0-4000 skyscrapers in three decades: no mean feat.
Timelapse of Shanghai’s skyscrapers from that many angles and vantage points – no mean feat either.
That this was accomplished with local Shanghainese synergy – bonus feat!
A wonderful example of cross-pollination significant in painting the narrative that it’s not all just us and them.
To understand the city, the team carried out rigorous urban exploration. In the words of JT “we walked, walked and walked, the Jane Jacobs way”. Weibo, China’s main social media platform was used to ask local Shanghainese people to share ideas of different vantage points and what they thought were the over-riding characteristics of the city. Stealth and curiosity were required to find and gain access to rooftops and locations. It became addictive for the team discovering breath-taking vantage points of the city. There was always an adrenaline rush upon reaching the top of a different building to see the vast urban jungle of Shanghai….
– – –
This is Shanghai
by Rob Whitworth
Source – Vimeo, published April 2013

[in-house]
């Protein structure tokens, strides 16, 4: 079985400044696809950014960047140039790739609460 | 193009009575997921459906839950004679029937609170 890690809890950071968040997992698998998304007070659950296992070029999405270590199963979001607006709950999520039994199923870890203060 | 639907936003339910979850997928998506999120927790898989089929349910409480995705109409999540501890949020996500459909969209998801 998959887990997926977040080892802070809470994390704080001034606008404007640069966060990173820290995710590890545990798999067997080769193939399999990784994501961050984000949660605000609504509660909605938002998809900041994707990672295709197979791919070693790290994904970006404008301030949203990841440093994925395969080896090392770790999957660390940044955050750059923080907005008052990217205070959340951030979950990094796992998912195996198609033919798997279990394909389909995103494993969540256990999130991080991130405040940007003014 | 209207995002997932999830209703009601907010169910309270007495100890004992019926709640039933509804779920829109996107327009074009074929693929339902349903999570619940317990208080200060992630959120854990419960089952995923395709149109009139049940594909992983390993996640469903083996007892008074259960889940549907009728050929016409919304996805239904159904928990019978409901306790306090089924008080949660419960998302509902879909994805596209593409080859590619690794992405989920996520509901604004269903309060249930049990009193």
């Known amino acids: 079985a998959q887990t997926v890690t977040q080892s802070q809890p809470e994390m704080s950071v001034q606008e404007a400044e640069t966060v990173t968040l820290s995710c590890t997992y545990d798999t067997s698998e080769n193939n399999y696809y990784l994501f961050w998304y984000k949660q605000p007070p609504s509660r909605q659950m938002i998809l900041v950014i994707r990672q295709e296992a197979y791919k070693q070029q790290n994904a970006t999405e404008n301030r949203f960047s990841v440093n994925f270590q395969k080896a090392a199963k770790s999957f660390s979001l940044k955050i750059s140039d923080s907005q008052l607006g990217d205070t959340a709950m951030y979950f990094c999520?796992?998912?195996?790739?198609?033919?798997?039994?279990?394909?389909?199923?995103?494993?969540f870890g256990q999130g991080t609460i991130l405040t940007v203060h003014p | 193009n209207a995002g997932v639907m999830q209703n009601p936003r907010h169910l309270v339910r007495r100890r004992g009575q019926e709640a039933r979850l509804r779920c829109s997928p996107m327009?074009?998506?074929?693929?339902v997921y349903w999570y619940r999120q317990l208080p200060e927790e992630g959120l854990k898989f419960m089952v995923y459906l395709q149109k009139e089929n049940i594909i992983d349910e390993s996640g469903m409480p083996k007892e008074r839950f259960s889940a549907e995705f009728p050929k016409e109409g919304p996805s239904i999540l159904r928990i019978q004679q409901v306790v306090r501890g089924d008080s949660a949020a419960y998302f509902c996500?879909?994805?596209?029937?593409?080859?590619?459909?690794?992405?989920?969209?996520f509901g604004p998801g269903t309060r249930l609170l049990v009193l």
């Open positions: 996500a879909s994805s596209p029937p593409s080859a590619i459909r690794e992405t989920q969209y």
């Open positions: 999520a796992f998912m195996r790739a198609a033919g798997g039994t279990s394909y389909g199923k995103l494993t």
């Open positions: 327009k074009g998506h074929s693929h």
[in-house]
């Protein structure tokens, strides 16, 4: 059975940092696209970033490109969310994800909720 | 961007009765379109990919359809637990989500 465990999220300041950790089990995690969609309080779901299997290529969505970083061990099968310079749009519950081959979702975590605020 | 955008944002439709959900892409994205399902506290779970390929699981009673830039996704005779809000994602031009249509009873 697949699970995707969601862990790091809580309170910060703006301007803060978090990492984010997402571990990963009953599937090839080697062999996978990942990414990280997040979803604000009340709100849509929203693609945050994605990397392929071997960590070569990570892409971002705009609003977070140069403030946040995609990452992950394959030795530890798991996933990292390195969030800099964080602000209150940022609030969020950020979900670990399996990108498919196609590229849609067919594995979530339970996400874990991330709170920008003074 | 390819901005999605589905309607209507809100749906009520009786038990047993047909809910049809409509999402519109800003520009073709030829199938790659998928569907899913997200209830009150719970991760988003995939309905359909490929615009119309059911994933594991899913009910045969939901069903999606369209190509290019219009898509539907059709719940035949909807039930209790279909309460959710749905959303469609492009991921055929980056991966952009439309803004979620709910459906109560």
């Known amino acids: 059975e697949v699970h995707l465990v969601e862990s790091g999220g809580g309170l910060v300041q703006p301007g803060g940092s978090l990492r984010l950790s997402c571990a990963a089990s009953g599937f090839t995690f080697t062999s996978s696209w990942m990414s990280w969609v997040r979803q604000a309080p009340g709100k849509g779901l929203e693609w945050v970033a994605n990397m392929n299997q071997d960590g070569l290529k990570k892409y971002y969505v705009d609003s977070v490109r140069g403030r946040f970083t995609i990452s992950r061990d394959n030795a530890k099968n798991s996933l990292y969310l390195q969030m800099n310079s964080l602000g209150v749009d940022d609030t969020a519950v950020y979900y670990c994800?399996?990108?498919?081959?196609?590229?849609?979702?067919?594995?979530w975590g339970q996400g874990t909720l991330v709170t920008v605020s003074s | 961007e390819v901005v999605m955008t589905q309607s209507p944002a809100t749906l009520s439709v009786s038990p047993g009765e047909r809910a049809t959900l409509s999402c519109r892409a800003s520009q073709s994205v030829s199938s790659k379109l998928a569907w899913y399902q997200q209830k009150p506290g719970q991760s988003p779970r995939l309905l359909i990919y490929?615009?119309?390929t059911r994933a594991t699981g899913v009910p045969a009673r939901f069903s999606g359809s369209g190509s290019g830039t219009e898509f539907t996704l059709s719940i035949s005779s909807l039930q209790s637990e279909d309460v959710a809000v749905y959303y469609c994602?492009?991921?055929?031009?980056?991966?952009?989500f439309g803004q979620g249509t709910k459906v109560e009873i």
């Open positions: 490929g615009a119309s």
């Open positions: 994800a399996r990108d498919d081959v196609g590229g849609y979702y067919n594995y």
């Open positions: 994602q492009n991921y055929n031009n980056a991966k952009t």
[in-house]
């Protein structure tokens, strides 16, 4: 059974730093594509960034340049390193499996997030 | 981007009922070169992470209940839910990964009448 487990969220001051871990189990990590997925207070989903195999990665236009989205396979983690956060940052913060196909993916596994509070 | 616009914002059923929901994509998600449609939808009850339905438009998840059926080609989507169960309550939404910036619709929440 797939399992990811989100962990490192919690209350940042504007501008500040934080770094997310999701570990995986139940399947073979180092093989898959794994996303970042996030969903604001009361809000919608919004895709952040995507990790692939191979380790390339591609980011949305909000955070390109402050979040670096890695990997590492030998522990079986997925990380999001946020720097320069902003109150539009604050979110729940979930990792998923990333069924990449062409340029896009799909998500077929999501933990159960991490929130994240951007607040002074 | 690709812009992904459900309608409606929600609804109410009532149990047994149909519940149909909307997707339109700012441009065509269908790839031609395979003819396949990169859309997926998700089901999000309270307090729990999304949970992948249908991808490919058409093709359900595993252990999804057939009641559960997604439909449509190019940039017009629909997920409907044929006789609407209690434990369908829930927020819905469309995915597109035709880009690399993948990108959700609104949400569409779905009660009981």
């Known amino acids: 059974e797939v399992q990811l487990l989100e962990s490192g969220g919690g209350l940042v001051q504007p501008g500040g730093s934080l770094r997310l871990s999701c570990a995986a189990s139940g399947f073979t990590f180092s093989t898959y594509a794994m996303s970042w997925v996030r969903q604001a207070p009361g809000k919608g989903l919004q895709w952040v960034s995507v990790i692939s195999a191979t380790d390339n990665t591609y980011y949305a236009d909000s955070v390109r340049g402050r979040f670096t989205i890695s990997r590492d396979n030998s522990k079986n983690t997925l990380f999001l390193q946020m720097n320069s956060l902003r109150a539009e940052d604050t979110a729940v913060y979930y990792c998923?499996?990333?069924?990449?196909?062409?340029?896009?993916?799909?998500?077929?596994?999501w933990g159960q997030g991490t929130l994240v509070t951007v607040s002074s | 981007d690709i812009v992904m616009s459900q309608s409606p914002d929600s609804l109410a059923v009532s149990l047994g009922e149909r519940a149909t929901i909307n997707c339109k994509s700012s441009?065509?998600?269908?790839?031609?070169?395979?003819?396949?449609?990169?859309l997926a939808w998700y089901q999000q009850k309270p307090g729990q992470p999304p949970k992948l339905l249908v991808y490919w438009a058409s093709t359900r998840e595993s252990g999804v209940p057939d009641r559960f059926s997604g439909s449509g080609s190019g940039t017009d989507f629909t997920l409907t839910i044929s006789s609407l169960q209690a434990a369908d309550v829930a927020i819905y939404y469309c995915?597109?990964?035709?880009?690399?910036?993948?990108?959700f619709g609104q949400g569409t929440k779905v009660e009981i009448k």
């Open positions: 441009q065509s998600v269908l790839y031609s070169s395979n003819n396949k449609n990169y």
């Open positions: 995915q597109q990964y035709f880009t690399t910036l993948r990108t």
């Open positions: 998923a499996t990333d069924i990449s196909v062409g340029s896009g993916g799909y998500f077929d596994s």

In 1980 Shanghai had no skyscrapers. It now has at least 4,000 — more than twice as many as New York. ‘This is Shanghai’ explores the diversities and eccentricities of the metropolis that is Shanghai going beyond the famous skyline.
Photographer Rob Whitworth and urban identity expert JT Singh joined forces combining deep city exploration and pioneering filmmaking. ‘This is Shanghai’ is a roller coaster ride seamlessly weaving between the iconic, sparkling and mismatched buildings of the financial district travelling by boat and taxi touring Shanghai’s impressive infrastructure whilst glimpsing some of the lesser-known aspects of Shanghai life such as the lower stratum areas or the stunning graffiti of Moganshan road. And of course there is the opportunity to try some of the vast variety of street food and Shanghai’s most popular homegrown delicacy, the pan-fried pork dumplings, the shengjian bao. Read the rest of this entry »
Filed under: Beijing Consensus, Charm Offensive, Chinese Model, Civil Engineering, Climate Change, Communications, Culture, Domestic Growth, Economics, Finance, Infrastructure, Mapping Feelings, Migrant Workers, Nationalism, People, Population, Soft Power, Tao Guang Yang Hui (韬光养晦), The Chinese Identity, The construction of Chinese and Non-Chinese identities, Video